German Pancake for Two
Why This Recipe Works
Our German Pancake achieves its dramatic appearance and contrasting textures thanks to a few test kitchen tricks. First, we mixed up a simple batter containing just the right amounts of eggs, flour, and milk to produce a pancake with crispy yet tender edges and a custardy center. To produce a tall, puffy rim and an even, substantial center, we started the pancake in a cold oven and then turned the oven to 375 degrees. This allowed the center of the pancake to begin to set up before the rim got hot enough to puff up substantially. Finally, we put fruit and other ingredients on as a topping rather than baking them into the pancake. Without fruit to weigh things down, the pancake puffed dramatically and its texture remained delicate and uniform.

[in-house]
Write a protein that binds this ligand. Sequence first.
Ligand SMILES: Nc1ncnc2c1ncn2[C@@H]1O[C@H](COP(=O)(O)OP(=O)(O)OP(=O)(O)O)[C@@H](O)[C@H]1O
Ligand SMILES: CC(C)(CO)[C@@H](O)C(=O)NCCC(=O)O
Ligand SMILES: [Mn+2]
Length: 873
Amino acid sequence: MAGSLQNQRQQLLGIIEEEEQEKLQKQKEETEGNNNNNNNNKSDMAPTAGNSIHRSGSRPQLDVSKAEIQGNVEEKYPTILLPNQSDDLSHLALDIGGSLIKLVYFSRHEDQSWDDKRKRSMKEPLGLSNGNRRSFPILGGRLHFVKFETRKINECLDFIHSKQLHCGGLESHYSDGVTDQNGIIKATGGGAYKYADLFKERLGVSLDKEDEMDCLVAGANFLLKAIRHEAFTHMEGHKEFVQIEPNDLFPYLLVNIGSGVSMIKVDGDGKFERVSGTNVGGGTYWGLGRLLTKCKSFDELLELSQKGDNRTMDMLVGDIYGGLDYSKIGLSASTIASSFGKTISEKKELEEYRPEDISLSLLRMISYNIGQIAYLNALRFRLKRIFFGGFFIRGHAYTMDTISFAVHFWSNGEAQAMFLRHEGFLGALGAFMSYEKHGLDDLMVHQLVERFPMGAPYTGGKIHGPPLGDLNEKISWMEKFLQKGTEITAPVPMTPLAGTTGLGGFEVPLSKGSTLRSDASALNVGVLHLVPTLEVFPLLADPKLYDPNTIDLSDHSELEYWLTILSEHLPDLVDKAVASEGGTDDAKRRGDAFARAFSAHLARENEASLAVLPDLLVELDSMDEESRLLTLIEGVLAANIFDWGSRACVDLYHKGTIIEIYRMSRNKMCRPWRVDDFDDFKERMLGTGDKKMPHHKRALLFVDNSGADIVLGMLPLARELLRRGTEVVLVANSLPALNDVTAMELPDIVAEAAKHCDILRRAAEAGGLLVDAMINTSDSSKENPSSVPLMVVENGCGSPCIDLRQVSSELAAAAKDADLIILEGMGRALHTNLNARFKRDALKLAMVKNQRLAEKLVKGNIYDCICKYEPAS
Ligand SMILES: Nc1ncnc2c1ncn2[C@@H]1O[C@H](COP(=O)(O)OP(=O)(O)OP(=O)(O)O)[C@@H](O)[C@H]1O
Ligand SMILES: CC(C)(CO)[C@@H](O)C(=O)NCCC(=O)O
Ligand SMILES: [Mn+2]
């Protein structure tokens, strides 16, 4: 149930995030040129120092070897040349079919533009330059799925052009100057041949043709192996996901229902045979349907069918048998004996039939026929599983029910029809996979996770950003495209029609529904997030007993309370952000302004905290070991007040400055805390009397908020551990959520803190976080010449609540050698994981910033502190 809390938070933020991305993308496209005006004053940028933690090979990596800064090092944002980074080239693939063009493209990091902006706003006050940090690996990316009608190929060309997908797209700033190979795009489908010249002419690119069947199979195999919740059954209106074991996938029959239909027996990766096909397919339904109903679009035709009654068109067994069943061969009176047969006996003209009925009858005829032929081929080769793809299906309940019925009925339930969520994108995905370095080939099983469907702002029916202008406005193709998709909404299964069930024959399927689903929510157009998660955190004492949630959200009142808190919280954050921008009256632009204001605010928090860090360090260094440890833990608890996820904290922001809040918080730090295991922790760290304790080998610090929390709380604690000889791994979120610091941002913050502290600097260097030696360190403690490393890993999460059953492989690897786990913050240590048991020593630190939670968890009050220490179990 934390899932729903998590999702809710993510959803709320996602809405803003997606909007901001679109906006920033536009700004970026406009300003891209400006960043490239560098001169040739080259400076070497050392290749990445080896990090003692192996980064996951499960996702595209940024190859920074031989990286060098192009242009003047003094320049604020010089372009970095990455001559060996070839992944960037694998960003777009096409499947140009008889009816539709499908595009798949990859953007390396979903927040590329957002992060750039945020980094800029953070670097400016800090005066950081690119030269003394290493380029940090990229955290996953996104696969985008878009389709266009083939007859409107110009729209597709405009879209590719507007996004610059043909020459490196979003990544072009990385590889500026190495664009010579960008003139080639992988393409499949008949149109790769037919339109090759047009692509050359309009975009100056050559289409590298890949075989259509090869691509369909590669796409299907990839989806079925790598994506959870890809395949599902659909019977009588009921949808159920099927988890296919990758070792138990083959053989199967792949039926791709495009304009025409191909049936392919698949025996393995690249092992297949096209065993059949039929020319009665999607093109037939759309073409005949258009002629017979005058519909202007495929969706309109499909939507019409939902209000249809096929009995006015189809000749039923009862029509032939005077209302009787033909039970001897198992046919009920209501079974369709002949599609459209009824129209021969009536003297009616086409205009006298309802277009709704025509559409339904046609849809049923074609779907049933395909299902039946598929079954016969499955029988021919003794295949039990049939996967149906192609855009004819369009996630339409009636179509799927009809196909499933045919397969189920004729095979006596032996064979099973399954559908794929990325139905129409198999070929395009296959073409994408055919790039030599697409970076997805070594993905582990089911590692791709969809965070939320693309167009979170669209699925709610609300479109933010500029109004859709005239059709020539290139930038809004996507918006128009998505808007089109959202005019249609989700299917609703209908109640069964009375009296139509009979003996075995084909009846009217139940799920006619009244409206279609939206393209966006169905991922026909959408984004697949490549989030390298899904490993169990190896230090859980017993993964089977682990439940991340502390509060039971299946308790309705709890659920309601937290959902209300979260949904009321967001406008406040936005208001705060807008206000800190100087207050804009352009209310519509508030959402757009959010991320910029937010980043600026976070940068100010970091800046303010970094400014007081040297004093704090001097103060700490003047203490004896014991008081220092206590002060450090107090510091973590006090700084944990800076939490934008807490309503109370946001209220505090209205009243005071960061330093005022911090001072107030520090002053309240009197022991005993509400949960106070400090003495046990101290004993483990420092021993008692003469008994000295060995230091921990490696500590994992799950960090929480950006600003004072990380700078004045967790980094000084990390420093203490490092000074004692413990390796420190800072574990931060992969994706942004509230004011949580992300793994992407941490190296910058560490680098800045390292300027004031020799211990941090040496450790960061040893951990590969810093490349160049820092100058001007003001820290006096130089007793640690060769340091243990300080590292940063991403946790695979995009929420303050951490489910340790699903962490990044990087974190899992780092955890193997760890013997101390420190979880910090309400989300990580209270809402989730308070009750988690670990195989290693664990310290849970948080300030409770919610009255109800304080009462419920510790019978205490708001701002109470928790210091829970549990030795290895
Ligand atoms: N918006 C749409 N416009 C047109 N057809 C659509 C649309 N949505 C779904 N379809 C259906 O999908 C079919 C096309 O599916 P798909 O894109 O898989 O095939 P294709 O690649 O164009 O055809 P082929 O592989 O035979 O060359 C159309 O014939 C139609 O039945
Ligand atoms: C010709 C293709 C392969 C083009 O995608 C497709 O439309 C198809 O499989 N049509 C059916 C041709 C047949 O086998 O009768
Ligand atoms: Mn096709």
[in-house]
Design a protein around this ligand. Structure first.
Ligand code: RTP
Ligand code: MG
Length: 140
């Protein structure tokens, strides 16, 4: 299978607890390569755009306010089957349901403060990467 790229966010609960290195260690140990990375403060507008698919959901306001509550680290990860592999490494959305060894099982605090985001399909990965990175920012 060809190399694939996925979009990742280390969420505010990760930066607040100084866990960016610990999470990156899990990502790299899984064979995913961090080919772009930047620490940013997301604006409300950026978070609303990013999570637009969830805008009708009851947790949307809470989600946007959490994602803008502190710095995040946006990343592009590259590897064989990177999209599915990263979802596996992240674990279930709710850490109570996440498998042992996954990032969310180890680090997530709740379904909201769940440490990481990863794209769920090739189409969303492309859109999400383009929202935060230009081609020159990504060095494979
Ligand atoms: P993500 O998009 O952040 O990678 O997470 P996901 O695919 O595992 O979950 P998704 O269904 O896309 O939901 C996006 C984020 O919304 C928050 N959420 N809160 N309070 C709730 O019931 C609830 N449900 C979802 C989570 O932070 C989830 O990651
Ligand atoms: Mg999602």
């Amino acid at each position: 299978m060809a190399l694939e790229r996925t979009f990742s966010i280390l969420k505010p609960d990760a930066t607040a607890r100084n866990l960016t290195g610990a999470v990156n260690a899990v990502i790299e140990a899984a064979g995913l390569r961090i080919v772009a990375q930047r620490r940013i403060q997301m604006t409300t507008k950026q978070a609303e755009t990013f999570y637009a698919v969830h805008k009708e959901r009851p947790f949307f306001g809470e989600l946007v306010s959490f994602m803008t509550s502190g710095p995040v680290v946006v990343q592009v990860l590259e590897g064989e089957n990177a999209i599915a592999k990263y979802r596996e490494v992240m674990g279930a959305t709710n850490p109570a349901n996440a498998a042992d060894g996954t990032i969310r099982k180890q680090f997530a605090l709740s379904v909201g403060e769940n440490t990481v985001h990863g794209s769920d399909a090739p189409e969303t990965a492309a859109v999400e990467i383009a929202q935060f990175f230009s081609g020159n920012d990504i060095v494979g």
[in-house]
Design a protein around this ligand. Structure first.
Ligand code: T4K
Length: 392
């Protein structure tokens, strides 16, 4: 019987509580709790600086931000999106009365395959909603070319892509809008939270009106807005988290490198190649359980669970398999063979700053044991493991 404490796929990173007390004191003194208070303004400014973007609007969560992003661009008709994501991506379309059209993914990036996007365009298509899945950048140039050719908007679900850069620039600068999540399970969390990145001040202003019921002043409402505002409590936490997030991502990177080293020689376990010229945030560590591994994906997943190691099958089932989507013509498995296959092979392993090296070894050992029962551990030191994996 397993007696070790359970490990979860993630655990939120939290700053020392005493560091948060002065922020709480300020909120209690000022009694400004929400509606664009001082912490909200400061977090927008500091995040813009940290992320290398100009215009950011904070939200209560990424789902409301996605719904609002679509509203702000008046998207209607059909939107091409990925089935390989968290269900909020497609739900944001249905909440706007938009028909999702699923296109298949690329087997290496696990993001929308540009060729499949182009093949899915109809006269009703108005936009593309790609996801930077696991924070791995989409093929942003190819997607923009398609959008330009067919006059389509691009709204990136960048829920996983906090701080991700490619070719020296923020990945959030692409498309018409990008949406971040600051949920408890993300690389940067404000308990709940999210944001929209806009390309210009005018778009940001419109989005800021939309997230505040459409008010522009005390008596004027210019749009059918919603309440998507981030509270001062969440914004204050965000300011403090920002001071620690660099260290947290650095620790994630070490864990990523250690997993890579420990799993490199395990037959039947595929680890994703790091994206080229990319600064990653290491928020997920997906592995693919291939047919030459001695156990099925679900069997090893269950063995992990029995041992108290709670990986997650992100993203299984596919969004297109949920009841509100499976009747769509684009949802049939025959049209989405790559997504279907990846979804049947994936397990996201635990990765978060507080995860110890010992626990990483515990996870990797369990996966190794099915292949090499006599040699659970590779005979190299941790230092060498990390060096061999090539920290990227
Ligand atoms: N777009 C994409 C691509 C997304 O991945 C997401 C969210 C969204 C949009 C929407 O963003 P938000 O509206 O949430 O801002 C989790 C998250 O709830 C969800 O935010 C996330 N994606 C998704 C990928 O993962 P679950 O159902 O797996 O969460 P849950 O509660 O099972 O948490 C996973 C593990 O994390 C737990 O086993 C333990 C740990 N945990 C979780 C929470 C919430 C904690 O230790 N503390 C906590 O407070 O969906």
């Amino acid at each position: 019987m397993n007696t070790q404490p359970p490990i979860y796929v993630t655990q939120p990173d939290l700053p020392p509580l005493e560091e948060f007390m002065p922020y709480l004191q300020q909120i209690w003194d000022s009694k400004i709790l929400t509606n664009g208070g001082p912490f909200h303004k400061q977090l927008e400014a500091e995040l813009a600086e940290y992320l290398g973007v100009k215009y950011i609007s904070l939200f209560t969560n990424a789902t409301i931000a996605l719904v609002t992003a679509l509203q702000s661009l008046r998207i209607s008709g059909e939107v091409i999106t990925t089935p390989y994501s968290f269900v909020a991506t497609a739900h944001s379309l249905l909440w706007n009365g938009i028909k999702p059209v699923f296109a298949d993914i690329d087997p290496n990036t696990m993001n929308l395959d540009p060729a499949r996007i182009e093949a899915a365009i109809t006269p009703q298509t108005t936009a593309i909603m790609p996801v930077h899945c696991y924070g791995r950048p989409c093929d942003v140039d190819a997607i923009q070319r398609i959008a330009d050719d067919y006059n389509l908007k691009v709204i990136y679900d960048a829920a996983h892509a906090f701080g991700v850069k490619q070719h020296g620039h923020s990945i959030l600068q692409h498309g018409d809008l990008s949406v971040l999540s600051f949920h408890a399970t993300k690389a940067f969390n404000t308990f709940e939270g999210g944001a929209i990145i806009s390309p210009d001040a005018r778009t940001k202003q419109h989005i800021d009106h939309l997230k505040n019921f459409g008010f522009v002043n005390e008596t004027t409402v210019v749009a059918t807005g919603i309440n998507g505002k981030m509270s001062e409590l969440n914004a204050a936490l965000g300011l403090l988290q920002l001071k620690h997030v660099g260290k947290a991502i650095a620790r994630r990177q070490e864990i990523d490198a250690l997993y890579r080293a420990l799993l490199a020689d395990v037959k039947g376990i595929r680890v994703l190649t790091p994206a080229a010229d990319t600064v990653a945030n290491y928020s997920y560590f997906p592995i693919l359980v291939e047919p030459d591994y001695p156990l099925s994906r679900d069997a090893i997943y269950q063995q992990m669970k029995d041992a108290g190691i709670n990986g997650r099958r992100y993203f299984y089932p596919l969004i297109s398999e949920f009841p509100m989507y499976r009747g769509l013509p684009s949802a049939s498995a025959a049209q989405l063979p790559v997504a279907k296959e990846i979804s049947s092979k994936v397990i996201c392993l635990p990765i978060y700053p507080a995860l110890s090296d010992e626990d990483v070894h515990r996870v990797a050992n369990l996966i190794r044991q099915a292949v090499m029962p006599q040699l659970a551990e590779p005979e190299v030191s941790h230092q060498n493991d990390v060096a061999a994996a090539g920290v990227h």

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A traditional 10-inch skillet may be used in place of the nonstick skillet; coat it lightly with vegetable oil spray before using. As an alternative to sugar and lemon juice, serve the pancake with maple syrup or our Brown Sugar–Apple Topping or Brown Sugar–Banana Topping.
1. Whisk flour, 2 tablespoons sugar, lemon zest, salt, and nutmeg together in large bowl. Whisk milk, eggs, and vanilla together in second bowl. Whisk two-thirds of milk mixture into flour mixture until no lumps remain, then slowly whisk in remaining milk mixture until smooth.
2. Adjust oven rack to lower-middle position. Melt butter in 10-inch ovensafe nonstick skillet over medium-low heat. Add batter to skillet, immediately transfer to oven, and set oven to 375 degrees. Bake until edges are deep golden brown and center is beginning to brown, 25 to 30 minutes.
3. Transfer skillet to wire rack and sprinkle pancake with lemon juice and remaining 1 tablespoon sugar. Gently transfer pancake to cutting board, cut into wedges and serve.